What to Do When a Client is Upset With You

Aisle Planner

As wedding planners and professionals, we tend to deal with people who are at a…shall we say heightened emotional state? Even the smallest snafu can send engaged couples over the angry-customer edge. And, when we receive that pushback or negative feedback from our couples, it’s no surprise that we can feel attacked and want to immediately let our fingers lose on our keyboard in response (ajfkjsf;dkljfds!)—telling them exactly why they’re wrong. As business owners, though, we obviously have to take a more professional approach (we know—it is so not fun). Today, then, we’ve broken down four simple steps you can follow when a client is upset with you. Take a deep breath, pour yourself a glass of wine, and namaste your way through the following checklist.

1. Communication

Getting to the root of any issue always involves communication. No matter how uncomfortable it may be, force yourself to pick up the phone (after you’ve had time to cool down, of course) to hear, in their words, what they’re upset about. They may have sent you an email or a text letting you know they were upset—but if their schedule permits, you should always respond with a phone call. Texts and emails can add another layer of confusion and miscommunication onto an already convoluted situation.

2. Evaluation

Once you have a clear idea of what it is your client is upset about, take some time to evaluate their issue. Maybe there’s something there—an email you misread or a phone call you missed. Go back through previous communications, to-do lists, calendar items, etc. to see if you can identify the root of their issue. If the mistake took place on their part, it’s important to get to the root of that as well. Maybe there’s an email from you they never responded to or an item on their checklist they didn’t complete in time which then led to the mistake you made. Remember—you’re not an attorney; you don’t want to build a case against your client to then throw the evidence in their face (wouldn’t that be fun, though—let’s imagine for a moment.) This step is more so for your own peace of mind. When you understand what went wrong—regardless of whether it was your fault or theirs—it’s much easier to find a solution and avoid similar issues in the future.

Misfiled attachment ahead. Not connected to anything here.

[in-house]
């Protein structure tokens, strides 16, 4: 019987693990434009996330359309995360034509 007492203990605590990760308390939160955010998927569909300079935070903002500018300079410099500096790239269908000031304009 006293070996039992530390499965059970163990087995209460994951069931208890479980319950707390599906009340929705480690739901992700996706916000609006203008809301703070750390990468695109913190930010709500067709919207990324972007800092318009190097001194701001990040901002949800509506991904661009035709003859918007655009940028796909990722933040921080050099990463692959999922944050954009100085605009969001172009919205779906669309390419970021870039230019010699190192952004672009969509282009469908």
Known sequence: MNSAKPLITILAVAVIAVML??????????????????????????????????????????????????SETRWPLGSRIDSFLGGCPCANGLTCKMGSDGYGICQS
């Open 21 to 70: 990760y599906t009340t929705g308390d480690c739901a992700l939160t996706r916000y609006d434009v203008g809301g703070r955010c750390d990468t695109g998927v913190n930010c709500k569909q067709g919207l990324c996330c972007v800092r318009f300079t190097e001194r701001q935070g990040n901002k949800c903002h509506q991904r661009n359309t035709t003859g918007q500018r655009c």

3. Clarification

Alright, you understand their issue and you’ve identified the catalyst for it. Now’s the time to clear things up with them. If the issue was caused by their lack of follow through or not seeing an email you sent, you can (nicely and gracefully) remind them of that or forward them an old email they missed with a nice note. Again, you never want to throw evidence in their face…but you do want to simply clarify that the root of the issue was caused by X. If, on the other hand, the issue was caused by you (something you let fall through the cracks or a checklist item you didn’t get to in time, etc.), now’s your time to apologize. Don’t make excuses, but do let them know you’re human—you let something slide, you shouldn’t have, you appreciate them bringing it to your attention and you can promise it won’t happen again.

4. Solution

Last comes deciding where you go from here. Obviously, your solution will vary depending on the issue at hand and where you’re at in their wedding timeline. Maybe it’s a brand-new client who completely lost their cool with you for absolutely no reason and you’d like to end the relationship as a result (we don’t blame you)—take a look at your contract and decide what your best bet will be for terminating the relationship (keeping in mind the negative reviews that could ensue). Maybe, it was a minor mistake on your part and the solution is simply to send your couple on a date-night for the stress your error caused them (killing them with kindness is always a great idea). Maybe you get super cheeky with it and send them a basket of their favorite sweets with a note that says something like “Sorry for the sour week!” Maybe, the client wants to end the relationship with you and there’s nothing you can do about it—that’s fine, too. Consult your contract, charge them any fees the contract calls for (if you feel it’s appropriate), and go your separate ways.

Overall, there’s no one answer of what to do when a client is upset with you—but there are some simple, overarching steps you can take to ensure you understand the root of the problem, are clear about how you can avoid it in the future, and can come up with a (hopefully) simple solution to appease your client and keep your dignity and business in tact. Cheers, Aisle Planners, to taking control of the customer service narrative this month!

About the Author

Gillian Griffith
Gillian Griffith

Gillian knows there’s nothing as deadly as a woman with good grammar, great nails and a strong backhand (think: tennis). She is based out of Las Vegas, Nevada, where she spends the sunny days with her family, her Louisiana Catahoula pup and, her ultimate love, a 1939 typewriter.

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